“I really wanted students to be immersed in the messiness and interconnectedness of the ancient Mediterranean world, rather than learning things in unnaturally separate pieces—either Judaism or Christianity or Greco-Roman religions. I knew Shayna and Meredith could add their expertise from Rabbinic Judaism and from Classics to my expertise in early Christianity and early Judaism to make a more well-rounded knowledge base for students,” Dr. Parks says. 

“To our delight, we ended up concocting a really popular class, and got invited to teach it again the following year. In fact, we’ve all been teaching versions of it ever since. But the book project came about kind of by accident!” 


When they began looking for teaching resources, Dr. Parks says they found it difficult. There were excellent separate sourcebooks for Greek writings, Jewish writings, Christian writings, and ancient material culture, but nothing combined all four, and they didn’t want students spending money buying several books. 

They also wanted to teach methods, including the basics of gender theory and how to use specific lenses to uncover more information from the evidence, so students could dive into ancient source materials for themselves right away with confidence, she says. “But general history books either ignored women and gender completely, or stuck women and gender briefly into one optional chapter. Also, the articles on gender theory and other analytical lenses were written in dense technical and philosophical jargon just not appropriate or enjoyable for undergrads,” she says.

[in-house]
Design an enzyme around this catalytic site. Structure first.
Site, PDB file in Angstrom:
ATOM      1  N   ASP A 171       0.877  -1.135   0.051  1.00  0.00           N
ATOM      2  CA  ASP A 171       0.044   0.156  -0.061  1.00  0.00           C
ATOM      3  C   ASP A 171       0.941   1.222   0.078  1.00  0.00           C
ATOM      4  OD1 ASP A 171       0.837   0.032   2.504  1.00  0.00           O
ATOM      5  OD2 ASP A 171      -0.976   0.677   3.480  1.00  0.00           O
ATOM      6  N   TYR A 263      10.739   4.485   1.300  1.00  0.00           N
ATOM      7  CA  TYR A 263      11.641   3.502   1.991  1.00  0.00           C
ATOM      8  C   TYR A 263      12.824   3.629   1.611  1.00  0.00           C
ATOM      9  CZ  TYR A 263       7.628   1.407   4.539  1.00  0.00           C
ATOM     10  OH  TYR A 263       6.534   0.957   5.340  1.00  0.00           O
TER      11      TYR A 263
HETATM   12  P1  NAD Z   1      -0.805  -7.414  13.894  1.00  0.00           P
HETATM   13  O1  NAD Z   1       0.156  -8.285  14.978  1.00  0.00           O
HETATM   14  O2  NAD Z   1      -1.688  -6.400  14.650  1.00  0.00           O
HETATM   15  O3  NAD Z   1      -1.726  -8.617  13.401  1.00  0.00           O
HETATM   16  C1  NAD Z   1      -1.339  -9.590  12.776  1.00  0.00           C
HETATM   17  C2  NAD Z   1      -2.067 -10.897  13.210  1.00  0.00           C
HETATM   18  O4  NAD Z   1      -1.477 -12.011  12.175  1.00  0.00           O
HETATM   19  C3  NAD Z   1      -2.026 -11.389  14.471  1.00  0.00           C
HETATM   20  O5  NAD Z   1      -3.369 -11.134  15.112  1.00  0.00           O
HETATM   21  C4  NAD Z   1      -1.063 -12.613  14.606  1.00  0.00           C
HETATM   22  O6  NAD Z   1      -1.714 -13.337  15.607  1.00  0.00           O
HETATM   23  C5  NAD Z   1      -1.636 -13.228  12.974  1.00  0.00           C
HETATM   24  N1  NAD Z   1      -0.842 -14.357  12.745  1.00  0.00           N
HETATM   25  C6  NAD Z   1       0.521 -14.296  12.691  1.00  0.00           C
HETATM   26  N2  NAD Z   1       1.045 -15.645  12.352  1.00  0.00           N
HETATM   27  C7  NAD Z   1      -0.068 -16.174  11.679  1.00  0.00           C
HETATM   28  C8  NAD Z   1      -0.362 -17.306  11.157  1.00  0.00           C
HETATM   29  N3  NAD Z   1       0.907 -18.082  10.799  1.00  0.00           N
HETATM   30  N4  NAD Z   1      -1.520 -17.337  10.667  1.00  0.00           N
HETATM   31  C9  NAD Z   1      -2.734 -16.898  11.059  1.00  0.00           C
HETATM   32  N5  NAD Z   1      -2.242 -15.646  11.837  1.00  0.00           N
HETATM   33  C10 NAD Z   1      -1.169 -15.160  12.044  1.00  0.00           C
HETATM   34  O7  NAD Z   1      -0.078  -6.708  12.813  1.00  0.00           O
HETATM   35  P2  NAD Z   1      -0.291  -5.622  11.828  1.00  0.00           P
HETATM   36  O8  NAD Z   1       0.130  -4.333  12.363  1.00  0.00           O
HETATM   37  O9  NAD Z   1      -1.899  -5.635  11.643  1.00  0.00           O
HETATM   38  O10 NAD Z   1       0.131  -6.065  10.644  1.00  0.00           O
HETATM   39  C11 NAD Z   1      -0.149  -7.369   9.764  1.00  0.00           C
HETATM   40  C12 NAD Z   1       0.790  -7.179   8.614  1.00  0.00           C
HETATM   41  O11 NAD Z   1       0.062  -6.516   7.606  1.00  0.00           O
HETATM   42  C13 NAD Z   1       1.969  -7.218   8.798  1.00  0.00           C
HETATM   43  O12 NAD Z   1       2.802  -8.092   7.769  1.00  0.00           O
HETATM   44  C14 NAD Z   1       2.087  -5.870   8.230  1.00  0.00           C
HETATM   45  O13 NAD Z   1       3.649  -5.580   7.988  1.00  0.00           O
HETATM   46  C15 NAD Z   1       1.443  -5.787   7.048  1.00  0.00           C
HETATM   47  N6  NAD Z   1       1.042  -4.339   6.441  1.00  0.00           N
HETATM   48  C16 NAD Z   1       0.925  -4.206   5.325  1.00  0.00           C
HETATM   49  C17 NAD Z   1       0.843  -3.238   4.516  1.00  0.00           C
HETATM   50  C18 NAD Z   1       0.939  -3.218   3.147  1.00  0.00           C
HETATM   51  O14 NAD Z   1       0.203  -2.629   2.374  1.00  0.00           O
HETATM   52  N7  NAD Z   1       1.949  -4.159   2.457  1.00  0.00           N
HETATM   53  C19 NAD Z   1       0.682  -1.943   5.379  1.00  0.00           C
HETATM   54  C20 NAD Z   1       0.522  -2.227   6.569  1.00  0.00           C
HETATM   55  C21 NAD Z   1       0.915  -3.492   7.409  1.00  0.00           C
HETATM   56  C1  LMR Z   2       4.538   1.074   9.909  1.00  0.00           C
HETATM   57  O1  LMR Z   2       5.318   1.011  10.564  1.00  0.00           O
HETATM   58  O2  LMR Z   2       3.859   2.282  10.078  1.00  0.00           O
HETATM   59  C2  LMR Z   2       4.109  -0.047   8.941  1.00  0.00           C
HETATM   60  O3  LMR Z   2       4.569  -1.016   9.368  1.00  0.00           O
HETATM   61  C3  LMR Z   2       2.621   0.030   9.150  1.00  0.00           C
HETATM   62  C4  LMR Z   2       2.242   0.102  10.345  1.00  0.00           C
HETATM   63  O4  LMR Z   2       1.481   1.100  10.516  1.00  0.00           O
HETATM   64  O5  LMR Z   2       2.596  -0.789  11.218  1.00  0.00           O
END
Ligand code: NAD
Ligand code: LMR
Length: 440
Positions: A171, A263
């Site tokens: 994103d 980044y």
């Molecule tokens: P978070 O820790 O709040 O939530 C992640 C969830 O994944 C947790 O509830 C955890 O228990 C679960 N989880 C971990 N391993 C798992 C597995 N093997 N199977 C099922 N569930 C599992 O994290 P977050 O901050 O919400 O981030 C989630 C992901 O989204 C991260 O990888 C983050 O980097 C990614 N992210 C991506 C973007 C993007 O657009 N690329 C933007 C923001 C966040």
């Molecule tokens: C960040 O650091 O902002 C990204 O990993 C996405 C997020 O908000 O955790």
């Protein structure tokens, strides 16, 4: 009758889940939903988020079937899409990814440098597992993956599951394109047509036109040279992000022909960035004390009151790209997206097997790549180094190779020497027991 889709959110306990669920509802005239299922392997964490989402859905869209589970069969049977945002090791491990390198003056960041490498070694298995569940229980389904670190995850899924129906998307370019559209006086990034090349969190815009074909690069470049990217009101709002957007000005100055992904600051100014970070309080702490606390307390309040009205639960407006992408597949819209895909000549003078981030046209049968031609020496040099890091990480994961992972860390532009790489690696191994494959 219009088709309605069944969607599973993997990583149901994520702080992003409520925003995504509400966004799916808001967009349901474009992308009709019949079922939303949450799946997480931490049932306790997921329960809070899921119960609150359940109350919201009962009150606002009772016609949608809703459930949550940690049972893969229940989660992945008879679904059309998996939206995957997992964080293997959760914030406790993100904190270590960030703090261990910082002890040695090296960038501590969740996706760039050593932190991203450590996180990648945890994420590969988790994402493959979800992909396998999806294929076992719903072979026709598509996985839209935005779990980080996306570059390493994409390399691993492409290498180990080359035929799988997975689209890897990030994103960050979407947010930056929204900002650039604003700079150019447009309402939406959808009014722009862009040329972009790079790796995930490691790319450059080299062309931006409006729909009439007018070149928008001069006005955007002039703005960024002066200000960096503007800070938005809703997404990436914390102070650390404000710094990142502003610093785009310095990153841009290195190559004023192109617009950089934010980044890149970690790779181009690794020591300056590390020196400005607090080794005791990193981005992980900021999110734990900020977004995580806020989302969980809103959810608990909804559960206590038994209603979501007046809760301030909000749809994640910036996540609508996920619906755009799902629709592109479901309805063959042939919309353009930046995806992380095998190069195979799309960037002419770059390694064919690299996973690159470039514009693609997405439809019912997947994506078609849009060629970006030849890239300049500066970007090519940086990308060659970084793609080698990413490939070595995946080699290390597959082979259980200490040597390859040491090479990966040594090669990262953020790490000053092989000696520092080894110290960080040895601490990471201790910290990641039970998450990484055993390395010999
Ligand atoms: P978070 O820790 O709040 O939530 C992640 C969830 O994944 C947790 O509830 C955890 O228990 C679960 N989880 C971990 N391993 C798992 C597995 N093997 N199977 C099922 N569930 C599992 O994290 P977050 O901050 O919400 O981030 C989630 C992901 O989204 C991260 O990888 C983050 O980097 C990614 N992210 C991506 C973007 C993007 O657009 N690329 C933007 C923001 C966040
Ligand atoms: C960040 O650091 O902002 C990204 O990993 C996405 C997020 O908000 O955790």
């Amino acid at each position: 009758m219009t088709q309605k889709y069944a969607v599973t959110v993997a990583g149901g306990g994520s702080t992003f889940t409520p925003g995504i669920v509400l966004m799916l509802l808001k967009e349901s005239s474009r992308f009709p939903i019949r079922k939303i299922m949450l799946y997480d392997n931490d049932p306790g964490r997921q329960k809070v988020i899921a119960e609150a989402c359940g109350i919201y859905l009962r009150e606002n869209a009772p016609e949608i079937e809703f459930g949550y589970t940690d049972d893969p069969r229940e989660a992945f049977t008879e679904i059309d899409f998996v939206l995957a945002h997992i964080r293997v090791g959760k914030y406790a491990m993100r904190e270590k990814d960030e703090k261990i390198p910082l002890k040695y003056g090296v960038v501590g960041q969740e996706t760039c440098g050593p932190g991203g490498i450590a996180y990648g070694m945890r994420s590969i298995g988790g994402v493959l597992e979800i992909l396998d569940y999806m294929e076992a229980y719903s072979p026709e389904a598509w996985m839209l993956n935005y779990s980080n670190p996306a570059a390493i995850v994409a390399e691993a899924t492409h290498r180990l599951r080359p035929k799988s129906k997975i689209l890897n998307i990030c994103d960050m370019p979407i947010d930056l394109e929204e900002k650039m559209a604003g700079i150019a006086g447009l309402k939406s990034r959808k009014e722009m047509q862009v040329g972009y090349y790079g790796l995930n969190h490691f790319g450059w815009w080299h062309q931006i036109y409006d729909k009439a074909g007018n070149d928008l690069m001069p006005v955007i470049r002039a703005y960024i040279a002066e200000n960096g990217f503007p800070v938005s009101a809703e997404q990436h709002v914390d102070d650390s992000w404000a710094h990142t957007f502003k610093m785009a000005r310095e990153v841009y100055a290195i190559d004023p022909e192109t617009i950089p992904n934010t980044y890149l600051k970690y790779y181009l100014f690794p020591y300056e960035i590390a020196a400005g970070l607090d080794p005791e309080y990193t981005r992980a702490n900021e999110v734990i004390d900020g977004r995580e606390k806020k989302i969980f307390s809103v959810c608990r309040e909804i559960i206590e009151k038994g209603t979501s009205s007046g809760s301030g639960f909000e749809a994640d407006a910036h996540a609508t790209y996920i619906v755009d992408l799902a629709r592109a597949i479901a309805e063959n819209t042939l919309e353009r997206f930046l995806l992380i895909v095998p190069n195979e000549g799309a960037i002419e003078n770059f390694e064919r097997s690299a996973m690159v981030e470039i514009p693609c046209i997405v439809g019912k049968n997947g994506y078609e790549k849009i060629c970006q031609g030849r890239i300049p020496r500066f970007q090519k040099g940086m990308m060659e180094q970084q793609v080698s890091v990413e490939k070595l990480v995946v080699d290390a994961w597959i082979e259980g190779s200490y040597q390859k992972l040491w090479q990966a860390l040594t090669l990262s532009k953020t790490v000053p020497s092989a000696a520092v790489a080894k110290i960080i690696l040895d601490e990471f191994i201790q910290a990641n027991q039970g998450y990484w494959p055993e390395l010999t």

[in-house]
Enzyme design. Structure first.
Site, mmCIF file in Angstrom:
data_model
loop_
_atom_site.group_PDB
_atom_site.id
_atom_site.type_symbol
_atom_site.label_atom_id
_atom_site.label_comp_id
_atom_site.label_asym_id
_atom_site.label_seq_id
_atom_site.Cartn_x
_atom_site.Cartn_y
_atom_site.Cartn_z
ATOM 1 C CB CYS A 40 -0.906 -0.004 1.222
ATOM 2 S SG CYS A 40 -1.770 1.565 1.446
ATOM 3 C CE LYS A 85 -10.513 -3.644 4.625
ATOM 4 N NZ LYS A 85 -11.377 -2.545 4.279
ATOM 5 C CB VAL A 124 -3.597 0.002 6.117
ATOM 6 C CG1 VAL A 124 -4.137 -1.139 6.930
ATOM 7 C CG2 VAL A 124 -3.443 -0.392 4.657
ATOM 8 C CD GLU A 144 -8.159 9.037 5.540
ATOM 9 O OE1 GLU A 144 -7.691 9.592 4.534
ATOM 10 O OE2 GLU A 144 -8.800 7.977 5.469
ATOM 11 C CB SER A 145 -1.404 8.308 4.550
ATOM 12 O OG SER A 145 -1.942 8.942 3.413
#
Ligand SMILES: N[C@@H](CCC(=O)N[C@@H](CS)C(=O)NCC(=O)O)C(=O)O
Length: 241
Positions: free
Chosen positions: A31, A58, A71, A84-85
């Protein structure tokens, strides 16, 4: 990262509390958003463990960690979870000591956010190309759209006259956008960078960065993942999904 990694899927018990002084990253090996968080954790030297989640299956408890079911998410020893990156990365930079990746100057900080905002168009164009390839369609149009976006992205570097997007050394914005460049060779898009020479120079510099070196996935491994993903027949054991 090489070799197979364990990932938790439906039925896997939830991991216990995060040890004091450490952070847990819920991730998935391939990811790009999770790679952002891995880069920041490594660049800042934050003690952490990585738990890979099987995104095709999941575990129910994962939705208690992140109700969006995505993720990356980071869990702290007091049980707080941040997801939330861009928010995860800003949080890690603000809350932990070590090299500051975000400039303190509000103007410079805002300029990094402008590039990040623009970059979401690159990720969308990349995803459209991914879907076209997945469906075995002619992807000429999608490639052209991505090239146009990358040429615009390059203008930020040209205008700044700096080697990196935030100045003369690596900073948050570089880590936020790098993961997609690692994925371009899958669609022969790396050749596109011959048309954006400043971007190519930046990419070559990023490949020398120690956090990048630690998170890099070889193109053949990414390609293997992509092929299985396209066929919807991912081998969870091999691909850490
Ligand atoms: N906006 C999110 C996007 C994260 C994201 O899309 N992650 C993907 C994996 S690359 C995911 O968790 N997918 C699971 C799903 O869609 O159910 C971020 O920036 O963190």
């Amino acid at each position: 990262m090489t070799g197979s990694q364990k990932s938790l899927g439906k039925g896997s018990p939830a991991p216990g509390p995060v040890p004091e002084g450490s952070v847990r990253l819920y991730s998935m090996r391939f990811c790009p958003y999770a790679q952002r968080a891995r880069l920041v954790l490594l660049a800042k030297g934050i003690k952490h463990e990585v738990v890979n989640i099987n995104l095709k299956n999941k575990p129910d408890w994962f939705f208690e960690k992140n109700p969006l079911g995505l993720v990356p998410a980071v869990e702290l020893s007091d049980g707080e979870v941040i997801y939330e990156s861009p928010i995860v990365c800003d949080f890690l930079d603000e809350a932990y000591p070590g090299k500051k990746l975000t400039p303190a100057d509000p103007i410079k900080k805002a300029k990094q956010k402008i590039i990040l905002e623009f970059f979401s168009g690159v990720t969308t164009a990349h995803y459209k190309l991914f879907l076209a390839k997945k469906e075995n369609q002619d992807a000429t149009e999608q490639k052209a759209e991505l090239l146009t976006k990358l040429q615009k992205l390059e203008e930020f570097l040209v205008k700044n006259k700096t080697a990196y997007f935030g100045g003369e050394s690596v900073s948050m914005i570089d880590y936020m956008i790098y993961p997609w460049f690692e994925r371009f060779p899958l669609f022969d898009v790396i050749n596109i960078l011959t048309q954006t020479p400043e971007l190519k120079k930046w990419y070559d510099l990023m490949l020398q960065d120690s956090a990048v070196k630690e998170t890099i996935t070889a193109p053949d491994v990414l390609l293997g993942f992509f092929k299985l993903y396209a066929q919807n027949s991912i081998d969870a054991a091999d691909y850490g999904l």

“So we soon learned that if we wanted to break the habit of compartmentalizing Christianity, Judaism, and Greco-Roman mythology, and we wanted to disrupt the idea that women’s and gender studies are a separate “option,” instead of a regular part of ancient life, and we wanted to teach methods at the same time, we simply had to build our own set of readings that wove these things together and made them accessible.”

The three continued teaching classes on ancient women, and kept sharing information, but never thought of publishing these as a resource until a few years ago at the annual Society of Biblical Literature conference when Routledge Press approached Dr. Warren, a citizen of the Manitoba Metis Federation who works especially on ancient fiction. Dr. Warren was at the conference speaking about her first book, and Routledge asked if she had her next book idea in mind. Unexpectedly, to all three, she replied, “oh, I’m thinking of co-authoring a textbook on ancient women, with Sara Parks and Shayna Sheinfeld.” 

“This blurted brainwave turned into a book contract, and the result, after a decade of collaboration, is Jewish and Christian Women in the Ancient Mediterranean!”

At StFX, Dr. Parks, who joined the faculty in 2022 in a tenure-track position, teaches Gospels, Apocalypses, Early Christian Women (which features Jewish and Christian Women in the Ancient Mediterranean), The Jewish World of Jesus, and Greek and Roman Mythology. She also team-teaches World Religions: What You Need to Know with other colleagues in the Religious Studies Department.

To learn more about or buy Jewish and Christian Women in the Ancient Mediterranean, please see HERE  

To hear the authors talk about their writing process and the book’s goals, visit HERE and to read about the Frank W Beare award and see past winners, please see HERE.